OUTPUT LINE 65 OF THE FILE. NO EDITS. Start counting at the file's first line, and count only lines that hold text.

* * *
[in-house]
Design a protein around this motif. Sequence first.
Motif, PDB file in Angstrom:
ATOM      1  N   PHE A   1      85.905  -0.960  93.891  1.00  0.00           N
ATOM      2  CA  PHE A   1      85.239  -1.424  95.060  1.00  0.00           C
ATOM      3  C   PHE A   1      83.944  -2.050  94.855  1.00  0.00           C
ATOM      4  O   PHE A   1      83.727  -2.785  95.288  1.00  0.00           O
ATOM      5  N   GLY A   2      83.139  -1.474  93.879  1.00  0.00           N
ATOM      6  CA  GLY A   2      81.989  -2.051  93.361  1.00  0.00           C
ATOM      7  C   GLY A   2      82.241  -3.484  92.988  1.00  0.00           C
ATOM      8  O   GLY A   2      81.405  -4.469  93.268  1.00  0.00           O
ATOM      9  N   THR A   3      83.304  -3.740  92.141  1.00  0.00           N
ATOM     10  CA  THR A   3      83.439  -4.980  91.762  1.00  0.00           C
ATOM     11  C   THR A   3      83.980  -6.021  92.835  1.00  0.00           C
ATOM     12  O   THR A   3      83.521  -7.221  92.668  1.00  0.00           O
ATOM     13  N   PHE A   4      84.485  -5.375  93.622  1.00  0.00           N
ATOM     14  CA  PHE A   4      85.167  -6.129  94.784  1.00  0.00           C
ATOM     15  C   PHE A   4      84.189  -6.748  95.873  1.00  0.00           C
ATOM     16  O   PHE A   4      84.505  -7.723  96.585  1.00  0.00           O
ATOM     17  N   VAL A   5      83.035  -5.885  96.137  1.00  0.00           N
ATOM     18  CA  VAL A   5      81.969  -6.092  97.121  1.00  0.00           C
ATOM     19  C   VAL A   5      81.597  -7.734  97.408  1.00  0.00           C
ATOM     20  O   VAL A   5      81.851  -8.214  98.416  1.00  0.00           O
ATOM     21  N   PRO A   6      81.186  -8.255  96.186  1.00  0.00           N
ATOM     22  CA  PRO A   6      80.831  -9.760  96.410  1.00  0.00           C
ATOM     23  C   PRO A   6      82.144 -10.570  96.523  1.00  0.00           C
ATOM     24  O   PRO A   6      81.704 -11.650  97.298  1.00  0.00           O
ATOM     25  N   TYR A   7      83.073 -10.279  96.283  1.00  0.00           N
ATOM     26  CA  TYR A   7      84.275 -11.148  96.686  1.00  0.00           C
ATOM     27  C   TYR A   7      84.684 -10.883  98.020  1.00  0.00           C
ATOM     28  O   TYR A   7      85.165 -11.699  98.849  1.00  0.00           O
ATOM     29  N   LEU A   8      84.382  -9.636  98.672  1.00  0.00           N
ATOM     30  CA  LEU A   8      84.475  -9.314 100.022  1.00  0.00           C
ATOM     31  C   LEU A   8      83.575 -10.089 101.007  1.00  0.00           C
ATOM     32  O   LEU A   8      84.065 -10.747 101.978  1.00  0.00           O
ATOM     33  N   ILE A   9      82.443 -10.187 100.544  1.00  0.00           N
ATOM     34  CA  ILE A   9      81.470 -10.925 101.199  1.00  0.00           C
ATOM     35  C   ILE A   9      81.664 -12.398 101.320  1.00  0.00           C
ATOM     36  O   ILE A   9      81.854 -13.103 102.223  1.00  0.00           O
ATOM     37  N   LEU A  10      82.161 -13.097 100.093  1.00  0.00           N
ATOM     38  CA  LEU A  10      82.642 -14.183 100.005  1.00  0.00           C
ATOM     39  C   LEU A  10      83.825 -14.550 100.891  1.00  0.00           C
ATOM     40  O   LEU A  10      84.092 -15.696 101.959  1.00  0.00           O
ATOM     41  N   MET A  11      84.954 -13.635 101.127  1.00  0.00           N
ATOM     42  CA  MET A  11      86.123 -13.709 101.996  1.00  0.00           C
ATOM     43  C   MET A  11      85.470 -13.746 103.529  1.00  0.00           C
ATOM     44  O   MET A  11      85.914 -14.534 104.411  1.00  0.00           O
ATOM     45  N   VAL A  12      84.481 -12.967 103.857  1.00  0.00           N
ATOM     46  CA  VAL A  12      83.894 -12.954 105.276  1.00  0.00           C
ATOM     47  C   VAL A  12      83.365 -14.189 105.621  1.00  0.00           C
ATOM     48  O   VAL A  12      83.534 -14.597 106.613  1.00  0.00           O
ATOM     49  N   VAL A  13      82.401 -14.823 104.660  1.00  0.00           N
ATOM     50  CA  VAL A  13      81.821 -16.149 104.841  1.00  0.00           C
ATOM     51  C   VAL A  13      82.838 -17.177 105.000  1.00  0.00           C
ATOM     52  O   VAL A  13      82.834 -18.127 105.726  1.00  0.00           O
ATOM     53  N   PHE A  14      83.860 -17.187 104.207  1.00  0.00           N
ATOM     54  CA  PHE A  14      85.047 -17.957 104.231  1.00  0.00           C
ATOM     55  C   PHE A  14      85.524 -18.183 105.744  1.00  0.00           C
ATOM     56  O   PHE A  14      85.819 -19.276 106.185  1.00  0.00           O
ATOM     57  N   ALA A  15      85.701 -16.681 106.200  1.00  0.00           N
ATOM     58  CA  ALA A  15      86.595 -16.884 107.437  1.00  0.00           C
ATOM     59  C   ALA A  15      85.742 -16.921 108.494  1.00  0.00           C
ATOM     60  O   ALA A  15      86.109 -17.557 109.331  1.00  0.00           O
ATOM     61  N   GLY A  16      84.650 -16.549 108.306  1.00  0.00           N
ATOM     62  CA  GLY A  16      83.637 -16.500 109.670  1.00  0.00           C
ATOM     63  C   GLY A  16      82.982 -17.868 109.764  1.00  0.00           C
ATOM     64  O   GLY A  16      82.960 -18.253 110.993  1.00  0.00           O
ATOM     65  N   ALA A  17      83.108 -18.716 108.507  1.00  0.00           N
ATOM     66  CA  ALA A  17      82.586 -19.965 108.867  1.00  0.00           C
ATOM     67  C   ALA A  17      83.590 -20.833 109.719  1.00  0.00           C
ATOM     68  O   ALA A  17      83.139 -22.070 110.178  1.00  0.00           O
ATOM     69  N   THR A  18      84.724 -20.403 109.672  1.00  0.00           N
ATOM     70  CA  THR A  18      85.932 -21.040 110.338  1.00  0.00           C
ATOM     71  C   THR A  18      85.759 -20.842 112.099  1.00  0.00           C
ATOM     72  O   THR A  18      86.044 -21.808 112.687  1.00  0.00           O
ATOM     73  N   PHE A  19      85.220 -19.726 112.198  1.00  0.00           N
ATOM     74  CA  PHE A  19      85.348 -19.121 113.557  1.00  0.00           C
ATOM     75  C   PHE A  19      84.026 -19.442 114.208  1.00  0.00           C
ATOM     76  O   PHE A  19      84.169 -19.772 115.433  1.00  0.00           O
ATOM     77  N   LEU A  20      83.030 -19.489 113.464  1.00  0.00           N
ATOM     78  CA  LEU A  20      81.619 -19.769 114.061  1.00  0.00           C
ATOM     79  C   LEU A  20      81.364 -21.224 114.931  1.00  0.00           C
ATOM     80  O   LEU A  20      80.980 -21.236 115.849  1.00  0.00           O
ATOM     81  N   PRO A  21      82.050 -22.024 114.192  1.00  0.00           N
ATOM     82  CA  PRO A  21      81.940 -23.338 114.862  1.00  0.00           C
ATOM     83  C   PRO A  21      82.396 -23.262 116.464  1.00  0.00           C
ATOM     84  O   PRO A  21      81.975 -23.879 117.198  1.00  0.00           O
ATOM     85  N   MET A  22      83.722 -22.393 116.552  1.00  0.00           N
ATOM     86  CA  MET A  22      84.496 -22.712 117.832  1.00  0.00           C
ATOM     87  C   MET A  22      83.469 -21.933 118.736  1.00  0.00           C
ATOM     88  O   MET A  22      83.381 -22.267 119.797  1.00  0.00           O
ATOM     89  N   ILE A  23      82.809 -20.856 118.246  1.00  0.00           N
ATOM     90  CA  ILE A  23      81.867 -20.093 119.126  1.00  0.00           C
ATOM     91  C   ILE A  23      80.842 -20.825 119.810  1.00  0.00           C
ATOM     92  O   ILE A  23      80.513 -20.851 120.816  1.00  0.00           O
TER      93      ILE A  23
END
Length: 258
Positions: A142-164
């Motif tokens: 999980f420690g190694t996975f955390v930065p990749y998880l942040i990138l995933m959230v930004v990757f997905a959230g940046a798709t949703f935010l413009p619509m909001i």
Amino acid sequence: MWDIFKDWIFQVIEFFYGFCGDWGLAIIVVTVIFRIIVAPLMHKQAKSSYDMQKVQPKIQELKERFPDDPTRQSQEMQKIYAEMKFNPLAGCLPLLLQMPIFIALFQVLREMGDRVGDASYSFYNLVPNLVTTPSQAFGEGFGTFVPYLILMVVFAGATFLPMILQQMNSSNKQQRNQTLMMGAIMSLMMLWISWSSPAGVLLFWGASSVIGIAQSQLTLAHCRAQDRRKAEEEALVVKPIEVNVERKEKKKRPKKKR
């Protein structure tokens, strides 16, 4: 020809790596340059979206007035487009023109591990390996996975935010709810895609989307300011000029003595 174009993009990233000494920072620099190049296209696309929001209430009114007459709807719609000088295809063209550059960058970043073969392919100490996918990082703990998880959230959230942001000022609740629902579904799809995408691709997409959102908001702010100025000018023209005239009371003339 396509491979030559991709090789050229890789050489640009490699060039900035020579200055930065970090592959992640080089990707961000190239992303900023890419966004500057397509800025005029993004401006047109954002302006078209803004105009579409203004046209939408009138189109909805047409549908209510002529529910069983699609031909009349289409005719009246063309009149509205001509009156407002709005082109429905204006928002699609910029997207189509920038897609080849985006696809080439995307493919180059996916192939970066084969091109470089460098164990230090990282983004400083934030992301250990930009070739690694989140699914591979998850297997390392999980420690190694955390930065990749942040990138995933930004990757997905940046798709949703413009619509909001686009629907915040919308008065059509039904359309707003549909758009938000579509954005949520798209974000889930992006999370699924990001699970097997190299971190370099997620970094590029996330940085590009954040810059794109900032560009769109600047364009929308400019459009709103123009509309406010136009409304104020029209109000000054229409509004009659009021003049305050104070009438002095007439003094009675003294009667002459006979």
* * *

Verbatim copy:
ATOM     62  CA  GLY A  16      83.637 -16.500 109.670  1.00  0.00           C